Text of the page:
Introduction to
sign up for the
Introduction to FE Analysis
Tutorial CD
PSD and SRS Query

Why is there a difference in units in the SRS input curve and the PSD input
curve? Can I equate a given SRS input to a PSD input?

The bottom line is I don't know a way of taking an SRS input curve and turning it into a
PSD input curve. In many industries structures have to be qualified by analysis against
both an SRS loading specification, and a PSD curve specification. The analyses are
different and carried out completely separately, except from maybe re-using the normal
modes in both.

You have neatly described the analysis method to get an SRS response to an SRS
input. The input curve is g versus Hz. The process is just to find the natural frequencies
of the structure and then look up the corresponding input g level. Knowing the damping
level we can get the peak response at each of those frequencies. There is a little bit of
black magic to figure out how peaks are combined across frequencies – does all of the
structure respond with maximum amplitude at all of its natural frequencies, or do we use
a less conservative method. But other than that it is a clear cause and effect.

The PSD input is based on a random simulation of the applied loading, rather than the
deterministic SRS loading. The subsequent analysis calculates a random response.

The input is g^2/Hz versus Hz. Unlike the SRS curve you can't really look at a point on a
PSD curve and say what level of acceleration that represents at the particular
frequency. The key is to look at the whole curve;
If you take the area under the curve it is g^2/Hz * Hz ==>  g^2. The single number
represents the square of the input acceleration.  
If you take the square root you get back to a g value. This is the famous RMS g – Root
Mean Square g. The RMS g is the input or output g level the structure will see during
68.3% of the loading spectrum. It is also equivalent to one standard deviation 'one
sigma'. Most designs are done to three sigma ; which means we multiply g by 3.0 and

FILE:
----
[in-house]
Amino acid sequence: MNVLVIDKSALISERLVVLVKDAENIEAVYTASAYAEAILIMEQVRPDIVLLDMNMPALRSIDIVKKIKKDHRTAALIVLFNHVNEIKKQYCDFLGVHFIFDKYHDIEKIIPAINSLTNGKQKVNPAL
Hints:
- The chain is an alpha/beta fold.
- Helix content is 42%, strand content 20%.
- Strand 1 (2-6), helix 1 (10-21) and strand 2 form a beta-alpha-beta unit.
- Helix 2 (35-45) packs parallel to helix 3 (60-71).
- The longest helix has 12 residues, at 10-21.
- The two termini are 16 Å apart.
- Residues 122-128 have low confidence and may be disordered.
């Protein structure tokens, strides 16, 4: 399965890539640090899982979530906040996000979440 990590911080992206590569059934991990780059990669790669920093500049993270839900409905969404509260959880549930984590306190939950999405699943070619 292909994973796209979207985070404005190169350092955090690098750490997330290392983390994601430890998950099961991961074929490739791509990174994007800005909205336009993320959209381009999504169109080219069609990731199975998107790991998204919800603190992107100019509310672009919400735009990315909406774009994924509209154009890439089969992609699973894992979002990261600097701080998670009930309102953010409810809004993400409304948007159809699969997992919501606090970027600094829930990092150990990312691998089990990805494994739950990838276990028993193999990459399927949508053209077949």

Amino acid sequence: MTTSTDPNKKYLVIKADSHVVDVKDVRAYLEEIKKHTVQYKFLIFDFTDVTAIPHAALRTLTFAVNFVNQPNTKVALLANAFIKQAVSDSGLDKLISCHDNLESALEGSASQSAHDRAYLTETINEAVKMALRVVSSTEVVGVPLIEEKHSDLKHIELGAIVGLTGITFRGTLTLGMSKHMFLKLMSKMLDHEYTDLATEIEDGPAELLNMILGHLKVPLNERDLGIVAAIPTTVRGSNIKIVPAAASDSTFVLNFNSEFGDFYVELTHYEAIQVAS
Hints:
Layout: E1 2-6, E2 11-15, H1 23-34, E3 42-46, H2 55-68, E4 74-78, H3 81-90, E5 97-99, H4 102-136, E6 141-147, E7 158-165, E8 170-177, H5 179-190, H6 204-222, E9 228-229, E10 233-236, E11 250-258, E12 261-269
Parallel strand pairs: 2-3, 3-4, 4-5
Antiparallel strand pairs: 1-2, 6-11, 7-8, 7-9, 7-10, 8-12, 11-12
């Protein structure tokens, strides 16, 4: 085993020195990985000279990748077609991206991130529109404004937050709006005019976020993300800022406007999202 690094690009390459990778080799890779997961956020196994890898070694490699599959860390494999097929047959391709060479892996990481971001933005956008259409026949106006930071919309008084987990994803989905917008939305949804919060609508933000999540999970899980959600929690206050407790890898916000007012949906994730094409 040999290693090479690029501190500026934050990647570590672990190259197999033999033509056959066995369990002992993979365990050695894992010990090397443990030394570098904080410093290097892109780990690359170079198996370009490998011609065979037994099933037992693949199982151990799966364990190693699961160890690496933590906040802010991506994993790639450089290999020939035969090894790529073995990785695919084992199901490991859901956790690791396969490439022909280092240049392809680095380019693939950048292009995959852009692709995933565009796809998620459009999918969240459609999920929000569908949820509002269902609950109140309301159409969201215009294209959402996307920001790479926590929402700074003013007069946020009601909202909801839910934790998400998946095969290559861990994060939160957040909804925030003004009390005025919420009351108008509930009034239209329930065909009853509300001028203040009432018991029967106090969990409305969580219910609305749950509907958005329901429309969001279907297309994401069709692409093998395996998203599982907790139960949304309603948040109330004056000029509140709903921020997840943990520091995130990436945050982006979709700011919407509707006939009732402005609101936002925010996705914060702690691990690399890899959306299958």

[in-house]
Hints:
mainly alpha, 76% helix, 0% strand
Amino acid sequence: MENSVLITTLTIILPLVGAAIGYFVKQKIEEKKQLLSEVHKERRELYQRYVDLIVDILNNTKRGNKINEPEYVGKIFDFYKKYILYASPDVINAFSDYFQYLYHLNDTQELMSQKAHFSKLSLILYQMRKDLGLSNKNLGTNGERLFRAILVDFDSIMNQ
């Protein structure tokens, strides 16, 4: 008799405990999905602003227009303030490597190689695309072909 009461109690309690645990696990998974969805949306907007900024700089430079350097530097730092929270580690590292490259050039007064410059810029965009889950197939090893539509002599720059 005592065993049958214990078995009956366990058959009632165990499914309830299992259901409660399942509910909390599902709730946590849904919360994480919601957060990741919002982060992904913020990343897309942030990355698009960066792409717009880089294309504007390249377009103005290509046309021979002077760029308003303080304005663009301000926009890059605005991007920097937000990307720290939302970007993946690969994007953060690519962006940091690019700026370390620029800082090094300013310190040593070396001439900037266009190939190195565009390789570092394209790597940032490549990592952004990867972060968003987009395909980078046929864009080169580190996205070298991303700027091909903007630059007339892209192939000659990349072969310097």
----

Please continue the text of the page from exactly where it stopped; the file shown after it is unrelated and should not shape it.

then the chances of seeing that level of loading or response are 99.73% Chance of
exceedence is 0.275%.

The link you referenced is a neat way of getting approximate amplitude for an
equivalent deterministic sine response  to a PSD input. It is in two parts. The first part
Miles equation to get an equivalent static g from a PSD response. The second
part turns this static g into an oscillating g. The first part using Miles equation makes
two big assumptions; the response is dominated by a single strong mode and the PSD
input curve is a constant g^2/Hz. This is great for very simple structures that you can
equivalence to a few DOF, or to do quick checks on order of magnitude in parts of the
structure that may show clear dominant modes. It is not feasible for an overall
approach. The structural response and the input PSD are too complicated.

An SRS analysis is very straightforward and most FE solvers have it as a spin off to a
normal modes analysis. You don't need to apply base motion or change the boundary
conditions from a normal modes analysis.

A PSD analysis is usually in three phases; calculate the natural frequencies ( normal
modes), calculate the frequency response to an input motion or force, apply the PSD
input to the frequency response to get the PSD response and finally calculate RMS
responses from the PSD response curves.